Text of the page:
Tuesday, 11 November 2008

Burma six months on: Children and their families are still in need of international assistance

11 Nov 2008 05:39:48 GMT

(Alert Net) - Cyclone Nargis cut a swath of destruction across Myanmar’s southern coast on 2-3 May 2008.

More than 130,000 people, including tens of thousands of children, died or disappeared, while more than 1 million people lost their homes. In addition, the agriculture and fishing industries in the Irrawaddy Delta were devastated, leaving families with no way to earn an income or feed themselves.

The storm also flooded low-lying areas, contaminating wells, containment ponds and rivers. Salinity of these traditional sources of drinking water remains high. As the dry season begins this month in Myanmar, families will have few options for obtaining clean drinking water, increasing the risk of disease.

“The water shortage that typically comes with the dry season is being exacerbated by the unusually high salt content in water sources in the Delta — a lingering result of the cyclone,” said Andrew Kirkwood, Save the Children’s country director in Myanmar. “The lack of clean water will directly impact the health of children. Scarce family resources will be further strained if they must purchase water, as will relationships among communities if they must compete for this resource.”

Source: Save the Children - Australia
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88 Generation Activists Given 65 Years

The Irrawaddy News
Tuesday, November 11, 2008

Fourteen leading activists, including five women, from the 88 Generation Students group were each given 65-year sentences on Tuesday morning for their political activities during the monk-led uprising in Burma last year, according to sources close to their families.

The lengthy imprisonments were seen as an indication the Burmese military government was invoking harsher punishments on dissidents.

The 14 activists— Min Zeya, Jimmy (aka Kyaw Min Yu), Arnt Bwe Kyaw, Kyaw Kyaw Htwe (aka Ma Kee), Panneik Tun, Zaw Zaw Min, Than Tin, Zeya, Thet Zaw, Mee Mee, Nilar Thein, Mar Mar Oo, Sandar Min and Thet Thet Aung—were sentenced at a court inside Insein Prison, said the sources.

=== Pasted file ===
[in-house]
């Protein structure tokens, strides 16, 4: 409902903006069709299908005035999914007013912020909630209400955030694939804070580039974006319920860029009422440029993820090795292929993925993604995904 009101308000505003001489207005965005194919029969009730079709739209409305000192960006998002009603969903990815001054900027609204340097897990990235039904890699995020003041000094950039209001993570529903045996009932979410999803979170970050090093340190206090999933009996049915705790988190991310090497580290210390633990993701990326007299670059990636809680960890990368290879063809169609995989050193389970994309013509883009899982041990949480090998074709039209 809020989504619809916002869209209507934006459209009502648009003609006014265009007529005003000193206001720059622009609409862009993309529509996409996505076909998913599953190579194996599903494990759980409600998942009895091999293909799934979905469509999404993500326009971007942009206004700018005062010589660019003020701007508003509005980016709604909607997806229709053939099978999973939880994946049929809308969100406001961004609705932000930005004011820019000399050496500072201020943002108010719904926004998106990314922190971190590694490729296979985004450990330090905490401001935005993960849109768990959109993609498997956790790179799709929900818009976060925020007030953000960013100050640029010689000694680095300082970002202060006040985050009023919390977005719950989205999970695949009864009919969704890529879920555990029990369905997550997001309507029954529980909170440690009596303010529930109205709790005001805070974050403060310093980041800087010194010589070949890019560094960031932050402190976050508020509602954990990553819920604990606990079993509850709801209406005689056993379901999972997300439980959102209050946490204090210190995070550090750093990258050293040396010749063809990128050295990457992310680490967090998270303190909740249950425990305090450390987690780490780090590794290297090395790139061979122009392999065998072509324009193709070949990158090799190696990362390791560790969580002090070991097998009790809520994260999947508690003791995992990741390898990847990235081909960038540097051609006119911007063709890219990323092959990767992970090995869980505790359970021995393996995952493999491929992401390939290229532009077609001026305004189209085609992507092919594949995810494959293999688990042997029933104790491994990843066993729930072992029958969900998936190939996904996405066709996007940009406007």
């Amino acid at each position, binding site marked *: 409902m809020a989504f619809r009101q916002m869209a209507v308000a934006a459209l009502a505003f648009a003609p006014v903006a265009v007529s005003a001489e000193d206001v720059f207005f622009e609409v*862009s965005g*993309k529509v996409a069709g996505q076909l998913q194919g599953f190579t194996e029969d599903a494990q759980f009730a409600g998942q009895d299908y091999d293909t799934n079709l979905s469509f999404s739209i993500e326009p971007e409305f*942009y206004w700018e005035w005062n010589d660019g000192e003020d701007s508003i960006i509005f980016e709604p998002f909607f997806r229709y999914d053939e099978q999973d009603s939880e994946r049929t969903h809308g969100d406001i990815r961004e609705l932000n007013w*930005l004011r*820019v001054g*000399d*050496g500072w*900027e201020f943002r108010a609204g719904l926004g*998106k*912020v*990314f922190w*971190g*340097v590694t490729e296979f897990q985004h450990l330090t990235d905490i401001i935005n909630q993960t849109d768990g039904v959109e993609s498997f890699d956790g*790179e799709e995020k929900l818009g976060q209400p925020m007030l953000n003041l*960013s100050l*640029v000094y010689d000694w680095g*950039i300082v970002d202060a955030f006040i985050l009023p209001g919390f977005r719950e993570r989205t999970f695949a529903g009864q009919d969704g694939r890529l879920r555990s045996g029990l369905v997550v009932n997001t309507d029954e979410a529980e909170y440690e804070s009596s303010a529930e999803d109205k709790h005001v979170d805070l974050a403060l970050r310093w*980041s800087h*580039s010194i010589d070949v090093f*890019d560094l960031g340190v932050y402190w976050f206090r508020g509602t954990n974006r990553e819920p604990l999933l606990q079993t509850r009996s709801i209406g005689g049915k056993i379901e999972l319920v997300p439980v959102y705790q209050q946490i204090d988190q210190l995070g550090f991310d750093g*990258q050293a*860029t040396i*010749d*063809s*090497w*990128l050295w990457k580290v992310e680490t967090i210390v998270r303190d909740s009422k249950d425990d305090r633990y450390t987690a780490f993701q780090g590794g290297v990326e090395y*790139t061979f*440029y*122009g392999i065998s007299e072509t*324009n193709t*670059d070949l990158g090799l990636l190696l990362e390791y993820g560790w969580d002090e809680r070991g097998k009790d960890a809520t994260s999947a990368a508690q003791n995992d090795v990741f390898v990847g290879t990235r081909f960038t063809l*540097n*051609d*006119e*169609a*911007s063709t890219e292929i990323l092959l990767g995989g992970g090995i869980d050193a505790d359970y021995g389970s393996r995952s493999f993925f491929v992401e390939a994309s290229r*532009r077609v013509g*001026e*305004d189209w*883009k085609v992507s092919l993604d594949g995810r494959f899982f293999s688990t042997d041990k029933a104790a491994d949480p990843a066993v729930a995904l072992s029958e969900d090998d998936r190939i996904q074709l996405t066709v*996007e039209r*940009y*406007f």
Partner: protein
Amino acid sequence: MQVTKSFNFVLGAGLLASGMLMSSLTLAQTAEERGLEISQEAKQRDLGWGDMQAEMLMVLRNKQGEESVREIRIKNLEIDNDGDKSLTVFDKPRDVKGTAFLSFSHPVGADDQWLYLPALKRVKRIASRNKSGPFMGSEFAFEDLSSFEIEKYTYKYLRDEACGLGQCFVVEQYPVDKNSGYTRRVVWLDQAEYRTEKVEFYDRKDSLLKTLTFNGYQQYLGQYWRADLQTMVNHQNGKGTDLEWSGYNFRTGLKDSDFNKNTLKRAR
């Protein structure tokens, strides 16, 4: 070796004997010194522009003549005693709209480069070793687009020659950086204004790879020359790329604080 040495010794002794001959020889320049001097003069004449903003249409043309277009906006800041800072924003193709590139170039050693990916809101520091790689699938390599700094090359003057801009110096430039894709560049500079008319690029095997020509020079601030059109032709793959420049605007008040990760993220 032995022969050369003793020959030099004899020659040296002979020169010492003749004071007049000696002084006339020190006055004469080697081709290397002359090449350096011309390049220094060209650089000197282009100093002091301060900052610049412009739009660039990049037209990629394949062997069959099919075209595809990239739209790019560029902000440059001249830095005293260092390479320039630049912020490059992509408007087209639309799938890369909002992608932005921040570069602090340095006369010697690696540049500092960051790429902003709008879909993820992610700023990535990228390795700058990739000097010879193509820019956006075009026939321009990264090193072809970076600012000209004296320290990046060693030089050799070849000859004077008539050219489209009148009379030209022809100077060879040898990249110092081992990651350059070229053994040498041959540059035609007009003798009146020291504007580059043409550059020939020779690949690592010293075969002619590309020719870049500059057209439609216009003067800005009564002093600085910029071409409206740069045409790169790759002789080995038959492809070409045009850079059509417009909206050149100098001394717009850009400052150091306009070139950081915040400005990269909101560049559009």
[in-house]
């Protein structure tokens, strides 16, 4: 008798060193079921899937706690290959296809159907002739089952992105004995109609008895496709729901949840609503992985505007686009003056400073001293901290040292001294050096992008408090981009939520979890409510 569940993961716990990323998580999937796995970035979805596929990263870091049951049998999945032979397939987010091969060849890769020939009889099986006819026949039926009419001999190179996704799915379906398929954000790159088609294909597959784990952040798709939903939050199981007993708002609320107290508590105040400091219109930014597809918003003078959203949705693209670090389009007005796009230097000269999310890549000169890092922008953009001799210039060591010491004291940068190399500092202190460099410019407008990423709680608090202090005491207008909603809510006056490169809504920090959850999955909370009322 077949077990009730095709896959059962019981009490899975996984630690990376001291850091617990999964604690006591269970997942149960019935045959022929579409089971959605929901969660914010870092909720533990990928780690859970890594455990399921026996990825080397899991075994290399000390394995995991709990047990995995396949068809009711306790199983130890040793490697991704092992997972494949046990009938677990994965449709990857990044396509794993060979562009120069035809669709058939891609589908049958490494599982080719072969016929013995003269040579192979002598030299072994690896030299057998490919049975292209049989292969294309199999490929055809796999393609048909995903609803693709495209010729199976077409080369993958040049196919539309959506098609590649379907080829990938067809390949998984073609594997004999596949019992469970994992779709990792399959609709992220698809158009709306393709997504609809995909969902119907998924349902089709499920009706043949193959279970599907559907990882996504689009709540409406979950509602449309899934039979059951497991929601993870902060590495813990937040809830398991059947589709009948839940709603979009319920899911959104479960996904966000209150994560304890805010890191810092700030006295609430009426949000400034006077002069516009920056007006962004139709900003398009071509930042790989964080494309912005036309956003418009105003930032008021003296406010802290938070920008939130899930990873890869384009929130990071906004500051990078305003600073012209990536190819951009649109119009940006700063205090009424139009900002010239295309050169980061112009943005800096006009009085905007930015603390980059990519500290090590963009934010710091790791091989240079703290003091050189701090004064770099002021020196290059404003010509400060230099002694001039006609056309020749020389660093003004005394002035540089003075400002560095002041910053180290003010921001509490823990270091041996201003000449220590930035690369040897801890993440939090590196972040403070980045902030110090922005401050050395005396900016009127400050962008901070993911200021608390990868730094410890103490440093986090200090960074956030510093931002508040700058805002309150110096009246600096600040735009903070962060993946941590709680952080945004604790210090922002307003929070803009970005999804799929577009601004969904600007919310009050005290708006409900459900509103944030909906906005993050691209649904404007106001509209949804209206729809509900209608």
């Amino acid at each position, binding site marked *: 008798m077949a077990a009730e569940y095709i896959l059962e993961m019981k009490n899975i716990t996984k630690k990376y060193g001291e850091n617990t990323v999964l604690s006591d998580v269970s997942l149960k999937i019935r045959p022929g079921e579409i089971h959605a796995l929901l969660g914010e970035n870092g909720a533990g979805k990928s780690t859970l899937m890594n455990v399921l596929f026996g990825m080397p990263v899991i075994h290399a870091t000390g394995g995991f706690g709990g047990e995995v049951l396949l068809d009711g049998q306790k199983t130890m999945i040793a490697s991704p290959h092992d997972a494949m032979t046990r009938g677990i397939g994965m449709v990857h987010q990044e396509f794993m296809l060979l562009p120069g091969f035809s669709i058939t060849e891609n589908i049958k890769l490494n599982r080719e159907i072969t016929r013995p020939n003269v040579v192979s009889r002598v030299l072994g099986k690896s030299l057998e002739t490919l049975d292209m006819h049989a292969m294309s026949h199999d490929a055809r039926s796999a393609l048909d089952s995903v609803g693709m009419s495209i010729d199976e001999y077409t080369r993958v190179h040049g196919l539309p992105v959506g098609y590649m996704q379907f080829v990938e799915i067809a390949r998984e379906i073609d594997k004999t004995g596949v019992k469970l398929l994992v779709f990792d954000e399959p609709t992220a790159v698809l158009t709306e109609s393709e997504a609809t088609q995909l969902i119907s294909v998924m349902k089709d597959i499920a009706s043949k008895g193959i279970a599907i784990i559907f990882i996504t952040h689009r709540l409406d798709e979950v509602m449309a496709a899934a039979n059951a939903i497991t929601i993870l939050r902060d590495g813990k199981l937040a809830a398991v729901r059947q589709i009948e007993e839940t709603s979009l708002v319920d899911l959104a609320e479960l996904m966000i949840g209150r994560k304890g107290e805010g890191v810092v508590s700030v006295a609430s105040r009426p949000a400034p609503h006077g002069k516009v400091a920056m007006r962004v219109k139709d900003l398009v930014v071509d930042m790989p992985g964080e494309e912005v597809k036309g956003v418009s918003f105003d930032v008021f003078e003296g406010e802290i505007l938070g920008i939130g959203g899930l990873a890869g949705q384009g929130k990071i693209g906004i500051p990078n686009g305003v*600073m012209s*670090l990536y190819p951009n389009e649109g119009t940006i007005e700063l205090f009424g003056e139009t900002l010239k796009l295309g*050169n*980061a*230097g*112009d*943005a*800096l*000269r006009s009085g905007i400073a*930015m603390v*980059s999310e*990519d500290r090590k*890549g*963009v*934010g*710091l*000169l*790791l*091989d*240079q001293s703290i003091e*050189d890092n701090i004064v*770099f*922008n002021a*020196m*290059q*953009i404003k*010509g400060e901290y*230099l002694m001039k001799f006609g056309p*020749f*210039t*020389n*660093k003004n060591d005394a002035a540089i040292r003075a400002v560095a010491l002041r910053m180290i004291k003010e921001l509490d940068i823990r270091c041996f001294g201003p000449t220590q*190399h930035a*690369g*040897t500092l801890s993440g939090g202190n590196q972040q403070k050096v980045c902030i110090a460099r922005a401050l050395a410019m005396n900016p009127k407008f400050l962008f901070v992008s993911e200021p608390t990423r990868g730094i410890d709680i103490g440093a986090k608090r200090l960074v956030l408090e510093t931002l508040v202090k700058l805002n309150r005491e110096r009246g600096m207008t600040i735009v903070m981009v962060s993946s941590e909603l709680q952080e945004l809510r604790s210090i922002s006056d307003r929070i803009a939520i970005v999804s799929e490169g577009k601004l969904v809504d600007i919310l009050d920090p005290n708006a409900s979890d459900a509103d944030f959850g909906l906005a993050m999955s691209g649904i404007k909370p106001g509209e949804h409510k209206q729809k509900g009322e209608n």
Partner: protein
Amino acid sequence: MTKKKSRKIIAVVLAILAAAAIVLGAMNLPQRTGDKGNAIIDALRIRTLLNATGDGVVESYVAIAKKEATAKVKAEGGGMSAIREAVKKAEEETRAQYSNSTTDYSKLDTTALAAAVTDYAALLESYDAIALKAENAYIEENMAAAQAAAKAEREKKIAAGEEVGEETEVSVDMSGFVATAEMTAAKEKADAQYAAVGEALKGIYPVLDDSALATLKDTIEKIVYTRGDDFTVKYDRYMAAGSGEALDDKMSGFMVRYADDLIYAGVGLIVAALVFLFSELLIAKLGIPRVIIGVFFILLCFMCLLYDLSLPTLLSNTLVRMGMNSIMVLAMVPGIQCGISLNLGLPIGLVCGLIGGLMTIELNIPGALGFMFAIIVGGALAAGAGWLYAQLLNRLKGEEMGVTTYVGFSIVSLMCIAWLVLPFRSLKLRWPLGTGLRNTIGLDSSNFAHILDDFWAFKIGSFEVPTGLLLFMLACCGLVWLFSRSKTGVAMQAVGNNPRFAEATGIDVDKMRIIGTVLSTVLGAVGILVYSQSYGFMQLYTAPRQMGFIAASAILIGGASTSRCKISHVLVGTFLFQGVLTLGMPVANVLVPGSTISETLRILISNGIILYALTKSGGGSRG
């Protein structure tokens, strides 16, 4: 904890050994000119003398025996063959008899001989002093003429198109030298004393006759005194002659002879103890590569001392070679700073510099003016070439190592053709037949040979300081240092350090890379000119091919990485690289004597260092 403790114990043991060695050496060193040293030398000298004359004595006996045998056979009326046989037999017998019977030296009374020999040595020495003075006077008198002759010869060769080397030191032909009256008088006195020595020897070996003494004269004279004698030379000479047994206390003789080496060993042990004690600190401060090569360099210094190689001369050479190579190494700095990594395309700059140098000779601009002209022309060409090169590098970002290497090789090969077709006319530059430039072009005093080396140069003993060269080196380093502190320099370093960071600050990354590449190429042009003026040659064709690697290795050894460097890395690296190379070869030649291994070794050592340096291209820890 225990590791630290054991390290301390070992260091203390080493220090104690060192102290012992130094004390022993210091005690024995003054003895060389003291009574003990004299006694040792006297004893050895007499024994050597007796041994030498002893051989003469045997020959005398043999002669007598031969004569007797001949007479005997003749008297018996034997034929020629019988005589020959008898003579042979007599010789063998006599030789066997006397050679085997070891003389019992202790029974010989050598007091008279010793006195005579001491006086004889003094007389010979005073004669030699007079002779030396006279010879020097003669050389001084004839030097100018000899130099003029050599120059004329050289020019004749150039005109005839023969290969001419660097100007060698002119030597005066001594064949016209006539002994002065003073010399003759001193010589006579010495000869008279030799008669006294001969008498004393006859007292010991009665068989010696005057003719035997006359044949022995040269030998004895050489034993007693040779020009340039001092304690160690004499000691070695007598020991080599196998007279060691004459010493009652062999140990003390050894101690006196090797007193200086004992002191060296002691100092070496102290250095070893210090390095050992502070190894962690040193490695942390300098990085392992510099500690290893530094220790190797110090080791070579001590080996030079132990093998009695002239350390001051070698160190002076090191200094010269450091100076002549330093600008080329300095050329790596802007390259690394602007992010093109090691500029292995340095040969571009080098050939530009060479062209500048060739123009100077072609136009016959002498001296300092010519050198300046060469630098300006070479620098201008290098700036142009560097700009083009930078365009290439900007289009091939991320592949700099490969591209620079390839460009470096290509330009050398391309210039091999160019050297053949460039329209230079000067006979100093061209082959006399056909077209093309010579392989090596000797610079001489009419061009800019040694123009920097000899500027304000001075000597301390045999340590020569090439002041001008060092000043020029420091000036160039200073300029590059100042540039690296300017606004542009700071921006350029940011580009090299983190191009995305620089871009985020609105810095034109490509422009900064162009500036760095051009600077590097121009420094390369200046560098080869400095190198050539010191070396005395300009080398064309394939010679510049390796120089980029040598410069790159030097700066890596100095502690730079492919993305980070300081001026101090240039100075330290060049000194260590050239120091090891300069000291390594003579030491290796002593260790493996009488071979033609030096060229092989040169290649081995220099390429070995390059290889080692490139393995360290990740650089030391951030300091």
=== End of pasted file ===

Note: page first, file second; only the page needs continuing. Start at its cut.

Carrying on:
The 88 Generation Students group were seen to be involved in the mass protests against the increased fuel prices enforced by the Burmese government in August 2007.

Meanwhile, a prominent labor rights activist, Su Su Nway, was sentenced to 12 and a half years, said a source who visited Insein Prison on Tuesday.

In late October, nine leaders of the 88 Generation Students group, including Min Ko Naing, Ko Ko Gyi and Htay Kyew, were sentenced to six months imprisonment under Section 228 of the penal code—for contempt of court—by the Northern District Court inside Insein Prison in the northwestern suburbs of Rangoon.

Military Accused of Crimes Against Humanity

The Irrawaddy News
Tuesday, November 11, 2008

BANGKOK — An onslaught by Burmese troops in the eastern part of the military-ruled country, running for three years now, is laying the junta open to charge of ‘crimes against humanity’.

This new charge adds to a growing list of human rights violations that the Southeast Asian nation’s ruling military regime is being slammed for, including the use of rape as a weapon of war in military campaigns in areas that are home to the country’s ethnic minorities. The country has been under the grip of successive juntas since a 1962 military coup.

Eyewitness accounts from civilians fleeing the territory under attack reveal a grim picture of the ‘Tatmadaw’, as the Burmese military is called, targeting unarmed men, women and children in a "widespread and systematic way," say human rights and humanitarian groups.

An increasing number of refugees have been crossing over to northern Thailand from among the Karen ethnic community, the second largest ethnic group in Burma, or Myanmar. Many of them live in the mountainous Karen State, the territory where Southeast Asia’s longest—and largely ignored—separatist conflict is being waged between Burmese troops and the armed wing of the Karen National Union (KNU).

"Myanmar’s troops are overtly targeting civilians; they are actively avoiding KNU military installations. That is why we are describing the attacks as ‘crimes against humanity’," says Benjamin Zawacki, Southeast Asia researcher for Amnesty International (AI), the global rights lobby. "The violations are widespread and systematic."

"This campaign started in November 2005 and has escalated. They did not even stop during the annual monsoon period (from May to October), which was not the case before," he explained during an IPS interview. "There has been a shift in strategy and intensity. It is no more a dry season offensive."